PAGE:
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Upgraded Huntsman crisis care center offers increased hope for patients battling mental illness

Upgraded Huntsman crisis care center offers increased hope for patients battling mental illness


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When JayBee played basketball for the University of New Mexico, he was not a fan of Utah or, more precisely, the Utes. After he left the sport as a career, he wanted to find something else he was passionate about. When he spoke at a treatment center, he found that passion: mental health and helping those in need.

In 2017, he went to work for University Neuropsychiatric Institute (UNI), now known as Huntsman Mental Health Institute, as a psychiatric technician providing care to those with mental health and substance abuse needs. After working with youth at UNI, he then joined the receiving center, which opened in 2012. It is an integral part of Salt Lake Valley's response to mental health crises. "We are serving the homeless and individuals in crisis," JayBee says.

Kevin Curtis is the Huntsman Mental Health Institute (HMHI)'s crisis service director. He first encountered this model of mental health care as a graduate student in Phoenix. It's built around several core concepts. The first is there's no wrong door to receiving mental health care:

"People can walk in off the street, be referred by a provider in the community, or dropped off by the police who find them in crisis. People in mental health crisis should be able to receive care regardless of how they come to the attention of the system," Curtis says.

The second concept is the recognition that while those in mental health crisis are initially dealt with by the police or in a hospital emergency setting, both of which have worked to develop expertise in addressing these issues, "If there's a mental health crisis it should be immediately triaged in a mental health care environment," Curtis says.

The receiving center can take six patients at any one time, although during the pandemic that has been reduced to four. The center, JayBee explains, "looks to help individuals in crisis. They can be dealing with a plethora of things: withdrawal, suicidal thoughts and ideation, a break-up, an overdose, stress from losing a job or needing some time to reset after being checked out at the emergency department."

There are a variety of resources the receiving center can provide people in crisis, including outpatient services, talking with a social worker or being seen by a medical provider, or simply an opportunity to use the center as a haven for up to 23 hours, says JayBee. That might be no more than getting food, a shower and some clean clothes and having someone to talk to,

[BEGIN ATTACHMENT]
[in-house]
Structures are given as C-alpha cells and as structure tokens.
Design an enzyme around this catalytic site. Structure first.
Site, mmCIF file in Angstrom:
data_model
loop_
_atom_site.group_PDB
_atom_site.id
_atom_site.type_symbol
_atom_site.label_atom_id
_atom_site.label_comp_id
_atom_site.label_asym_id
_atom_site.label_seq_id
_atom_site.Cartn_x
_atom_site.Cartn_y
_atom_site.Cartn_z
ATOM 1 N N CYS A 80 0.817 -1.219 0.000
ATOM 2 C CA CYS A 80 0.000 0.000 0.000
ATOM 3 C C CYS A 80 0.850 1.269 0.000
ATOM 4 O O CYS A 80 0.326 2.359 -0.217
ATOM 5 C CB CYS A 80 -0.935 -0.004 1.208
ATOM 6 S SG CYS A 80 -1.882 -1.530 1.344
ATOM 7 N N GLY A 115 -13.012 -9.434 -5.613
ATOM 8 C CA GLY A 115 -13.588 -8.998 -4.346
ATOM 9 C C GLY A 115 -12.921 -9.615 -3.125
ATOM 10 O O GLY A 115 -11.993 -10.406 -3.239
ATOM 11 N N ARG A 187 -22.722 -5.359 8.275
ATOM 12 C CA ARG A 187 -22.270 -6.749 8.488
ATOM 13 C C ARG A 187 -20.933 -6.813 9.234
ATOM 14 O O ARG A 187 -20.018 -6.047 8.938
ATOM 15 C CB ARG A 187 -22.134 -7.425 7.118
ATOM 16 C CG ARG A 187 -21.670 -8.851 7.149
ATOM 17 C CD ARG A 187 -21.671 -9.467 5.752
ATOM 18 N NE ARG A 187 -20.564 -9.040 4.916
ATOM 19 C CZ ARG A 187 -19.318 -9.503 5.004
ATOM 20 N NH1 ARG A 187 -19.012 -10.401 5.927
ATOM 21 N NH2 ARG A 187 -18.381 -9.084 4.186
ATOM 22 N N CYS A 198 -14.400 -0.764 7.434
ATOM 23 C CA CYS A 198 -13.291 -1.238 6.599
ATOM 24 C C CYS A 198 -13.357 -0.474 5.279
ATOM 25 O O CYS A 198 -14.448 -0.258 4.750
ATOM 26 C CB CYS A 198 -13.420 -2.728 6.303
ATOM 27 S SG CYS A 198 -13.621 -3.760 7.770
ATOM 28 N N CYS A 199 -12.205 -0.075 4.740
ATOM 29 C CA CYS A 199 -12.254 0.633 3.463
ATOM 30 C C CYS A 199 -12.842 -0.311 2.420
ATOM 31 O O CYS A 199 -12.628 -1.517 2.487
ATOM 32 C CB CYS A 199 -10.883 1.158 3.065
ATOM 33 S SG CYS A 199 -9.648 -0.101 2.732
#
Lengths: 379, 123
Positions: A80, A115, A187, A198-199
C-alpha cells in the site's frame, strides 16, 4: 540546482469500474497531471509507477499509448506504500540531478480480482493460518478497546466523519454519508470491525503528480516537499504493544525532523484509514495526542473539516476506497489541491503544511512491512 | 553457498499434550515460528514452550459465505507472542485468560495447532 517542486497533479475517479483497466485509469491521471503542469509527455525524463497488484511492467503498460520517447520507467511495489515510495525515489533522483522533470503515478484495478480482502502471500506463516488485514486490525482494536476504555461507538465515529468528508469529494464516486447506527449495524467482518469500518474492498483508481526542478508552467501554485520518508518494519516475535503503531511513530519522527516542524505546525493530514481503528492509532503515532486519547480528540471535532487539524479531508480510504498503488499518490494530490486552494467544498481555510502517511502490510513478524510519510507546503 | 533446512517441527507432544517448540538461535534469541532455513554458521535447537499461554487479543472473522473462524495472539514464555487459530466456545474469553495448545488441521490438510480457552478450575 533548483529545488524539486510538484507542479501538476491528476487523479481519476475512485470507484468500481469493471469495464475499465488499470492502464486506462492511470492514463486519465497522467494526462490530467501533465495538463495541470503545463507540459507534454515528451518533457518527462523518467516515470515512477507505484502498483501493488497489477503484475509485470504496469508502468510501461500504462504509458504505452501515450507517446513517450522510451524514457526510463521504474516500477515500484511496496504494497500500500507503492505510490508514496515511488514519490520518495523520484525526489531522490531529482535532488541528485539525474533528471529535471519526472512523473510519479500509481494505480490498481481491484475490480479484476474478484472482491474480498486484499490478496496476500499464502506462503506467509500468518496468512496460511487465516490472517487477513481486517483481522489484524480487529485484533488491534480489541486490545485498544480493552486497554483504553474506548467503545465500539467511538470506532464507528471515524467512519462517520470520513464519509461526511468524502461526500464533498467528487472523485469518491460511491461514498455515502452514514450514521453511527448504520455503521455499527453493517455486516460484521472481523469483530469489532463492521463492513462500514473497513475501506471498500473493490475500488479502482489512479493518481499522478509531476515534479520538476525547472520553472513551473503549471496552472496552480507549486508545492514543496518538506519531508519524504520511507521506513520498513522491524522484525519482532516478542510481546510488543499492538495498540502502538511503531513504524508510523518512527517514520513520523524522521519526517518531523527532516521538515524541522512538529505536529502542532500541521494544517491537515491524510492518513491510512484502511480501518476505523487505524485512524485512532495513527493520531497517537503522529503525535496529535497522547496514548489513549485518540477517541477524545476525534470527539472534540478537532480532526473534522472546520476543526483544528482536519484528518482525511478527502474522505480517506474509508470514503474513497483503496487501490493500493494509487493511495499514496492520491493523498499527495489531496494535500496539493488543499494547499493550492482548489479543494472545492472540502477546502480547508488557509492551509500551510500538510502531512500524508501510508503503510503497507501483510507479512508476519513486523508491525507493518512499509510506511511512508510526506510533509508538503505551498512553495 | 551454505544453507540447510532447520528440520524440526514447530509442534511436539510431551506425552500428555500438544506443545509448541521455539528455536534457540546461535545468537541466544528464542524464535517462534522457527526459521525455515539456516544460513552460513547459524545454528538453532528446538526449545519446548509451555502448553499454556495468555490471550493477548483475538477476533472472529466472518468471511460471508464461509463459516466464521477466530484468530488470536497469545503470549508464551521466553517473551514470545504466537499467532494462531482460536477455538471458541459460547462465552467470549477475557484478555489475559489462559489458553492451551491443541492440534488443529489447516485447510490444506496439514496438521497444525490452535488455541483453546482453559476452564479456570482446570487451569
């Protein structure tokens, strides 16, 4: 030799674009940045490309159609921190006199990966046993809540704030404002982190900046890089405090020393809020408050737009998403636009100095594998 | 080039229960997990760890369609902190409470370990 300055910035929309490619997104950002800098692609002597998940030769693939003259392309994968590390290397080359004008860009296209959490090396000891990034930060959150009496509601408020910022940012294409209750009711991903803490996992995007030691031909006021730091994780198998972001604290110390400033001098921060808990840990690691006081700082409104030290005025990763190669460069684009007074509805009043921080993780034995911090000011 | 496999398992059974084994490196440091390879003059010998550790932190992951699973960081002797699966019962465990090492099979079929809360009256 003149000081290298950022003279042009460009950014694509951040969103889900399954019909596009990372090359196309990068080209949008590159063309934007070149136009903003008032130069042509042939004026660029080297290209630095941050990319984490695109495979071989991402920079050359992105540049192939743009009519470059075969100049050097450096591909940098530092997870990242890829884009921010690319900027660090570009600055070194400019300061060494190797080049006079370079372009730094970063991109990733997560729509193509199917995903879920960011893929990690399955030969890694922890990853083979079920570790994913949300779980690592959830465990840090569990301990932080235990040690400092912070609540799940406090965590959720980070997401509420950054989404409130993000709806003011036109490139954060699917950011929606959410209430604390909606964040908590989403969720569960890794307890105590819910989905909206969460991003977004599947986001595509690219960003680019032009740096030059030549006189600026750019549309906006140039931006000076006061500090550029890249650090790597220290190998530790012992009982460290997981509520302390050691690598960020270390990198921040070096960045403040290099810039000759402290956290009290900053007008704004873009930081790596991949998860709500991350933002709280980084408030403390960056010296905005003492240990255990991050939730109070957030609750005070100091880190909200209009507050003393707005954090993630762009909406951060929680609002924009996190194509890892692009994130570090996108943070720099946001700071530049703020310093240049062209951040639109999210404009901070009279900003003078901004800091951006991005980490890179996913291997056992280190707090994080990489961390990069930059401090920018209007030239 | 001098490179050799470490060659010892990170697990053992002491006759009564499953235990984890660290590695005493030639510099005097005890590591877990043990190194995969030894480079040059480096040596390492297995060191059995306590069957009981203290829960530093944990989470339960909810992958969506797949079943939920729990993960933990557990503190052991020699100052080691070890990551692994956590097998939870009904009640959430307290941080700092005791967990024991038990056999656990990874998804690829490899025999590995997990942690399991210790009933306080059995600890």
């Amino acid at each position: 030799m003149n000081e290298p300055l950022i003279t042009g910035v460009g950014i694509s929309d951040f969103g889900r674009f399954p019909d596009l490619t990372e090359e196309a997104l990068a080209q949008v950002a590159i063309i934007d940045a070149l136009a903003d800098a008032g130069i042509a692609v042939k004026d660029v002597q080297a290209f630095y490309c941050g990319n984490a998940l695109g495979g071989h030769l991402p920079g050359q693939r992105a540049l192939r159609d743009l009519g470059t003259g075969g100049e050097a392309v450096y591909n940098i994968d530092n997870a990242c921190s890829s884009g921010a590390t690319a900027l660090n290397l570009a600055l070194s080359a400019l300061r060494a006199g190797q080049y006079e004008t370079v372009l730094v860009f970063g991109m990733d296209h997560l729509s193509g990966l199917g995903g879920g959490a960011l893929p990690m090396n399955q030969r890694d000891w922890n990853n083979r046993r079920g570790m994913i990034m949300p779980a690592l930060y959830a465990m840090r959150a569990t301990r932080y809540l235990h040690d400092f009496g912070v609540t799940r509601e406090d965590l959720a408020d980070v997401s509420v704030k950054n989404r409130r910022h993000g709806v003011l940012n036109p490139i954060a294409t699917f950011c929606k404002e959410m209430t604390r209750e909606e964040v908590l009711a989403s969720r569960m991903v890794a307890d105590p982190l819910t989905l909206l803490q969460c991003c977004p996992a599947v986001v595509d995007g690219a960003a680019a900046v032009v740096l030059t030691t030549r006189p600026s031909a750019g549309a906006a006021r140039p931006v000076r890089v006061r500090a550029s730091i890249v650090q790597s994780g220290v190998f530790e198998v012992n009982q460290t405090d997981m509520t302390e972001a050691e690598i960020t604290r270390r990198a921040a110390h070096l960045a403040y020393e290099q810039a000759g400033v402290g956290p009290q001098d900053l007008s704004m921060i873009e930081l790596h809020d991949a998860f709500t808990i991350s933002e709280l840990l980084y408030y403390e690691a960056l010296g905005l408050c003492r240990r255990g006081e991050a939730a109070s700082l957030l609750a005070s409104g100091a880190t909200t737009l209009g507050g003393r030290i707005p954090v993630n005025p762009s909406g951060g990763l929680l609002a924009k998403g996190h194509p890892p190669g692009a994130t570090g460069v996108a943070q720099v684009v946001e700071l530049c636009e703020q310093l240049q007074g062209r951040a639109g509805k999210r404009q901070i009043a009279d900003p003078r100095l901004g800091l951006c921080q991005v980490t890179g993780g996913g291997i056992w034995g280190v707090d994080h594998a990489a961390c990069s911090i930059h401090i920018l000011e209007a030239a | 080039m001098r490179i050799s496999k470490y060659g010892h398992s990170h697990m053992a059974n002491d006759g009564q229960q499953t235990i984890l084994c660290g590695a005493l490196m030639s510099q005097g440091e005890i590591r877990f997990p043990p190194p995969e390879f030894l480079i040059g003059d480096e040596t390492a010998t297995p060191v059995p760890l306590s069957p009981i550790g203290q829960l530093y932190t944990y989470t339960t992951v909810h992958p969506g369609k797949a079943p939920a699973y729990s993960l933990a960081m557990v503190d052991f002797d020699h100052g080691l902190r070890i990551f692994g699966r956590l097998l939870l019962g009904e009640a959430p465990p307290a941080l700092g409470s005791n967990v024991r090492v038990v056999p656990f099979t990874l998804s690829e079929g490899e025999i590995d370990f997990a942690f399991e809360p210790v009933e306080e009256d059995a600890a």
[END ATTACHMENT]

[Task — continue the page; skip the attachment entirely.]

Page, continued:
But the HMHI receiving center is on a small scale at its current size. "It's fairly limited in scope in terms of meeting the major need of the community," Curtis says. Before the pandemic, the receiving center managed about 140 client interventions each month, with roughly 30 people turned away each month due to lack of capacity to treat them.

In late May 2021, a groundbreaking ceremony launches the building of the Mental Health Crisis Care Center at the Huntsman Mental Health Institute Campus of Hope. The campus will be erected on a nine-acre lot at 3300 South and 1000 West, near the Salt Lake County jail and the South Salt Lake Men's Resource Center, The Road Home.

"I think it will be a game-changer," Curtis says. There will be 30 slots available to receive people in crisis, along with a number of long-stay beds too.

To have a facility of this size with so few barriers to entry means we can now meet need in our community that's gone unmet for so long.

–Kevin Curtis, HMHI crisis service director

"As somebody who has dedicated his life to mental health access, I can't underestimate the importance of this to our community," Curtis says. "To have a facility of this size with so few barriers to entry means we can now meet need in our community that's gone unmet for so long."

By having the new Crisis Care Center in a centralized location so close to the jail and the homeless center, those in crisis and those transporting them to receive care can get much quicker access to the resources they need.

When law enforcement encounters people with mental health problems committing acts of vagrancy or trespass, for example, Curtis hopes the police will bring them to the center rather than take them to jail. "Does this person go to jail or the Crisis Care Center?" Curtis asks hypothetically. "We'd love the Crisis Care Center to be the first option."

General estimates put the percentage of those with mental health concerns in society at 4%, yet behind bars their presence in incarcerated populations is much higher. One recent study estimated American jails held 14.5% of men and 31% of women with serious mental health issues, while prisons held 6% to 14% for men and women.

JayBee is excited about the new facility. In some ways, working in treatment and care reminded him of sports. "You don't make decisions independently. You work as a team," he says. What he came to learn was, "You can't help everyone, unfortunately, but the ones you do help, patient care makes an immense difference in their lives."

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